Goat farms offer unique way of recycling Christmas trees
If your New Year’s resolution is to recycle more often, you might find comfort in knowing that the 28 goats at the Trinity Farms Center for Healing in Boswell will recycle your old Christmas tree — by eating it.
The center is a therapy farm where people in recovery develop the skills needed to integrate back into their communities by working outdoors with animals. Paula Eppley-Newman, the center’s board chairwoman, said that by donating old Christmas trees, residents would be giving joy to more than just the goats. “This is a small piece of how people are able to give back by donating Christmas trees and then the goats enjoy them, and people (in recovery) that we work with enjoy the goats,” she said. “It’s like a circle.”
The center has been accepting donated Christmas trees for three years.
Eppley-Newman asked that anyone interested in donating an old tree should deliver it to her home address: 189 Gilbert Hollow Road, Hollsopple.
“We just decided to put a call out one year, and it’s just gone wild from there,” she said. “So many people are just excited by the fact that they can recycle their Christmas tree, and they don’t have to throw it out. They’re fascinated by the fact that the goats are willing to eat them, and that it also has a nutritional value for them.”
Darci Sanner, who, along with Amanda Welsh, owns the Summer Smiles Honey Farm in Stoystown, said she’s accepting donated Christmas trees for her goats to eat, too.
“They eat the needles, and they will totally clean it bare. You just see the branches,” she said. “They’ll eat the bark, also. It’s pretty wild.”
Sanner said residents can donate their trees by dropping them off near a barn on her farm at 939 Horner Church Road, Stoystown.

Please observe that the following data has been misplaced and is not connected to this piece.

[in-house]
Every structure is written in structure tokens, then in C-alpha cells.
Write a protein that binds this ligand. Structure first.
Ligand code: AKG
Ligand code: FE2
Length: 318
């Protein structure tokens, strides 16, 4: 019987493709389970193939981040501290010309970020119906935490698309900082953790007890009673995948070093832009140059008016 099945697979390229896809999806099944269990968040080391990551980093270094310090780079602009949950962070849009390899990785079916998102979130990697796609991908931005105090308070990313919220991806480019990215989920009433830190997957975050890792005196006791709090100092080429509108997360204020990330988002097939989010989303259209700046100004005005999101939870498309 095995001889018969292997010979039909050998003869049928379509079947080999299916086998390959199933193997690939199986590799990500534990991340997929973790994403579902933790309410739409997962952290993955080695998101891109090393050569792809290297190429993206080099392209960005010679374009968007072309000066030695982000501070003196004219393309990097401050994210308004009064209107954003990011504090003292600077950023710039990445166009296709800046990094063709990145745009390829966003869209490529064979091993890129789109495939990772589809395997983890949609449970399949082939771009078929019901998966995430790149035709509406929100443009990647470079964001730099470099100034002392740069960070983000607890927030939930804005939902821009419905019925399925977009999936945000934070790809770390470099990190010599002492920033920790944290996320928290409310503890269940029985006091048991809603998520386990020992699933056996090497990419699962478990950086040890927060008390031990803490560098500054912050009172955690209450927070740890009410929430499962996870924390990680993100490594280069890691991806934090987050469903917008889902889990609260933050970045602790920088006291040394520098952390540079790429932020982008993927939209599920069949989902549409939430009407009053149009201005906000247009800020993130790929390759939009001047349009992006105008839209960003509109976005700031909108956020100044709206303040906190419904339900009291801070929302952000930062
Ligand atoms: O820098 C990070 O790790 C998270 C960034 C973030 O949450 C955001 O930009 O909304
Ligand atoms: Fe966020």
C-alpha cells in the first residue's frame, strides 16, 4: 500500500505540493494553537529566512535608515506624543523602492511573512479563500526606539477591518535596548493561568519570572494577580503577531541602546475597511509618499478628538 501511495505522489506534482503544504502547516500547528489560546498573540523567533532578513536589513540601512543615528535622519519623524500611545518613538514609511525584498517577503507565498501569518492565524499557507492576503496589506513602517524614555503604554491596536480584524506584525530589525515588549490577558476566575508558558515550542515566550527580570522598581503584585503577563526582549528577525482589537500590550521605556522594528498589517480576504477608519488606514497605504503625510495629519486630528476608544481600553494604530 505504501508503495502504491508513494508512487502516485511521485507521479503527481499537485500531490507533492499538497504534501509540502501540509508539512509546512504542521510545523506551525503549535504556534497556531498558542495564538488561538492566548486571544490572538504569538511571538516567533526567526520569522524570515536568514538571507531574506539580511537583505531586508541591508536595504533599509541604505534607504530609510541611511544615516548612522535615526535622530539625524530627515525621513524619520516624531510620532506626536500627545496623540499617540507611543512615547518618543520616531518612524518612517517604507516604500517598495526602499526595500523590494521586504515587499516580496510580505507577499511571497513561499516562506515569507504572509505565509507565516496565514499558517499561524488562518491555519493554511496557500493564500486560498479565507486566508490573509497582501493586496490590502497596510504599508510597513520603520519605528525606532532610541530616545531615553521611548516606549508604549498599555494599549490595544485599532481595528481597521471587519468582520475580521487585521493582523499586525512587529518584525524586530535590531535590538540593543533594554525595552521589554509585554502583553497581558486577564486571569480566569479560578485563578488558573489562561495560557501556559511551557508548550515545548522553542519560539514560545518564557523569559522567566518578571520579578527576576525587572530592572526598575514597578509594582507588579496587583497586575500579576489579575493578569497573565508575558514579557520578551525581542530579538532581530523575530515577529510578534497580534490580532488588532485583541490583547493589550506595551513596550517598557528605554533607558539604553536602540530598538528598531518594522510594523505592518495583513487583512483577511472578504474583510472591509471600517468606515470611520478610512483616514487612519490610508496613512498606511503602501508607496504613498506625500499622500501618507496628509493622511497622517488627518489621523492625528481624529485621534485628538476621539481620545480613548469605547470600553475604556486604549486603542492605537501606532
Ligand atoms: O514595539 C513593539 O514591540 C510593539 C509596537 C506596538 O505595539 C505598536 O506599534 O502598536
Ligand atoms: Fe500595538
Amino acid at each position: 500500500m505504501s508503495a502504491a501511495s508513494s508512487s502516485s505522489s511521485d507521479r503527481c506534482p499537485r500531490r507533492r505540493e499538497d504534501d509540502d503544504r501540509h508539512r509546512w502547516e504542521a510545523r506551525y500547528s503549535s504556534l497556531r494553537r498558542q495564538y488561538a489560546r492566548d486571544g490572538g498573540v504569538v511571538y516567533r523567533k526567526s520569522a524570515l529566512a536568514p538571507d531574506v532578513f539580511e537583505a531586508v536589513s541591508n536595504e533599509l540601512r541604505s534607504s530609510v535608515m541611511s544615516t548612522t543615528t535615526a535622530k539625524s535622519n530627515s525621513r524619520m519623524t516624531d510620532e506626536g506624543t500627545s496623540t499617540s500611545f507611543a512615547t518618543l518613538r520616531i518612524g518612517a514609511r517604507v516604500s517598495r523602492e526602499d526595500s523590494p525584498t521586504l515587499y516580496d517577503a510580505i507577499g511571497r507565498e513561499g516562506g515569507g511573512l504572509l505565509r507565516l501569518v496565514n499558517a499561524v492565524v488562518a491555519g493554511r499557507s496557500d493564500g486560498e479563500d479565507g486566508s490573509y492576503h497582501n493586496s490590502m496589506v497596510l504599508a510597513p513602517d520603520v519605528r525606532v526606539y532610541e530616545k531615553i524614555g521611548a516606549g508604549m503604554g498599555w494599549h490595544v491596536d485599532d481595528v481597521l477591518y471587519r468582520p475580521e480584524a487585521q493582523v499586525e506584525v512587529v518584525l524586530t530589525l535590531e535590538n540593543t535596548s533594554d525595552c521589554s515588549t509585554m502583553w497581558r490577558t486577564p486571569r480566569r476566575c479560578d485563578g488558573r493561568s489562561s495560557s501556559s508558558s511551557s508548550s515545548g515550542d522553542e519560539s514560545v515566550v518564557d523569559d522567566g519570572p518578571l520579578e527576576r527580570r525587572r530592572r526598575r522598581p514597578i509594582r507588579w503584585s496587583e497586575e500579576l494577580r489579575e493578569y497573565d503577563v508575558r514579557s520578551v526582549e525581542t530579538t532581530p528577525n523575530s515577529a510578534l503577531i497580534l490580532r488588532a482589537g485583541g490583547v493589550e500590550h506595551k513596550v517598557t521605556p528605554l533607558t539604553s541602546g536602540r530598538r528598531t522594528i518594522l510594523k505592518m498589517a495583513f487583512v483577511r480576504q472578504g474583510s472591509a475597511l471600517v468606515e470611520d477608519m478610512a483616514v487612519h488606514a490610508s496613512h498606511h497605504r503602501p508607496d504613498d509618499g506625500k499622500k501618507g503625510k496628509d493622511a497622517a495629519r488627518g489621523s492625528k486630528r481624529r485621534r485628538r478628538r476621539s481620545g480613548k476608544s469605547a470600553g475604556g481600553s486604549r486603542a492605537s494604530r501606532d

She said her goats are rescue animals from the Somerset County Humane Society. She said she had begun to foster the goats about two years ago, and that a couple of them surprised her with a memorable Christmas gift this year.
“On Christmas Day, two of our goats surprised us with babies, so we have Christmas babies,” Sanner said. “They’re adorable.”
Both Sanner and Eppley-Newman said that the pine from Christmas trees is a “natural dewormer” for goats.
Sanner said it’s important that the donated trees have not been commercially sprayed and do not have any tinsel in them.
“It’s real important because that wouldn’t be good for the goats,” she said.
In addition to Christmas tree donations, Eppley-Newman said monetary donations can be made payable to the Trinity Farms Center for Healing. She said monetary donations can also be delivered to her home address. They help to fund new room houses for people in recovery, like the new Micah House that is to open on Jan. 6.
Eppley-Newman said the house will be a home for men who are moving on from addictions. She said the center’s workers are all volunteers.
“It’s all volunteer-driven, and we’re just trying to help people in the community struggling with moving forward from addiction,” she said. “We’re just building a community of support around them to help them get the skills and the confidence that they need.”